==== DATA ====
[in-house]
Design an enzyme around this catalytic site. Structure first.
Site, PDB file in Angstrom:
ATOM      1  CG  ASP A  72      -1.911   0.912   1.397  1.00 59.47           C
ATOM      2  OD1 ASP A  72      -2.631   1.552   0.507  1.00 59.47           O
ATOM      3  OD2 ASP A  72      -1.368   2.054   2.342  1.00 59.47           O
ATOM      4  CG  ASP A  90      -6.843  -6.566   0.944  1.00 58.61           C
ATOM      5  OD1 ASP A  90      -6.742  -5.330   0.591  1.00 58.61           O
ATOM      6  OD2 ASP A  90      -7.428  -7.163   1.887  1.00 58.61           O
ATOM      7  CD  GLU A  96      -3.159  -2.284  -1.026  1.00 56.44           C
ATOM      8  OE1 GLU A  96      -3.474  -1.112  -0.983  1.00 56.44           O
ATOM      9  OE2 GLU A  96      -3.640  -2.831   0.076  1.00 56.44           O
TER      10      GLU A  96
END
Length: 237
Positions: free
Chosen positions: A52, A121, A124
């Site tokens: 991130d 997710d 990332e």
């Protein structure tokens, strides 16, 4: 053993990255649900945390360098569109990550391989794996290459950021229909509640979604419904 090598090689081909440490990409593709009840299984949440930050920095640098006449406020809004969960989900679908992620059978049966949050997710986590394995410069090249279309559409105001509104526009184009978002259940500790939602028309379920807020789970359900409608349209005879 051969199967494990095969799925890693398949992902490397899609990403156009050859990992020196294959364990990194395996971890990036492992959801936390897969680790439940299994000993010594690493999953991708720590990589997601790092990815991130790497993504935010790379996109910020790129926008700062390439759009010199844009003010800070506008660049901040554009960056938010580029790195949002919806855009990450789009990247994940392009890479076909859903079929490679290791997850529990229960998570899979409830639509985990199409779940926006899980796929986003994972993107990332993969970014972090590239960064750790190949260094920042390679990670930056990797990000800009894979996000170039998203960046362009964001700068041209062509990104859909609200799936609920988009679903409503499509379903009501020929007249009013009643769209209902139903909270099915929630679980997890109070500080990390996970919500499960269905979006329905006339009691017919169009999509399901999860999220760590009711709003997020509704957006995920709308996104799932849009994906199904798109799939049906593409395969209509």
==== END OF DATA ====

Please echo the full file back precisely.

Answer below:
[in-house]
Design an enzyme around this catalytic site. Structure first.
Site, PDB file in Angstrom:
ATOM      1  CG  ASP A  72      -1.911   0.912   1.397  1.00 59.47           C
ATOM      2  OD1 ASP A  72      -2.631   1.552   0.507  1.00 59.47           O
ATOM      3  OD2 ASP A  72      -1.368   2.054   2.342  1.00 59.47           O
ATOM      4  CG  ASP A  90      -6.843  -6.566   0.944  1.00 58.61           C
ATOM      5  OD1 ASP A  90      -6.742  -5.330   0.591  1.00 58.61           O
ATOM      6  OD2 ASP A  90      -7.428  -7.163   1.887  1.00 58.61           O
ATOM      7  CD  GLU A  96      -3.159  -2.284  -1.026  1.00 56.44           C
ATOM      8  OE1 GLU A  96      -3.474  -1.112  -0.983  1.00 56.44           O
ATOM      9  OE2 GLU A  96      -3.640  -2.831   0.076  1.00 56.44           O
TER      10      GLU A  96
END
Length: 237
Positions: free
Chosen positions: A52, A121, A124
């Site tokens: 991130d 997710d 990332e």
């Protein structure tokens, strides 16, 4: 053993990255649900945390360098569109990550391989794996290459950021229909509640979604419904 090598090689081909440490990409593709009840299984949440930050920095640098006449406020809004969960989900679908992620059978049966949050997710986590394995410069090249279309559409105001509104526009184009978002259940500790939602028309379920807020789970359900409608349209005879 051969199967494990095969799925890693398949992902490397899609990403156009050859990992020196294959364990990194395996971890990036492992959801936390897969680790439940299994000993010594690493999953991708720590990589997601790092990815991130790497993504935010790379996109910020790129926008700062390439759009010199844009003010800070506008660049901040554009960056938010580029790195949002919806855009990450789009990247994940392009890479076909859903079929490679290791997850529990229960998570899979409830639509985990199409779940926006899980796929986003994972993107990332993969970014972090590239960064750790190949260094920042390679990670930056990797990000800009894979996000170039998203960046362009964001700068041209062509990104859909609200799936609920988009679903409503499509379903009501020929007249009013009643769209209902139903909270099915929630679980997890109070500080990390996970919500499960269905979006329905006339009691017919169009999509399901999860999220760590009711709003997020509704957006995920709308996104799932849009994906199904798109799939049906593409395969209509």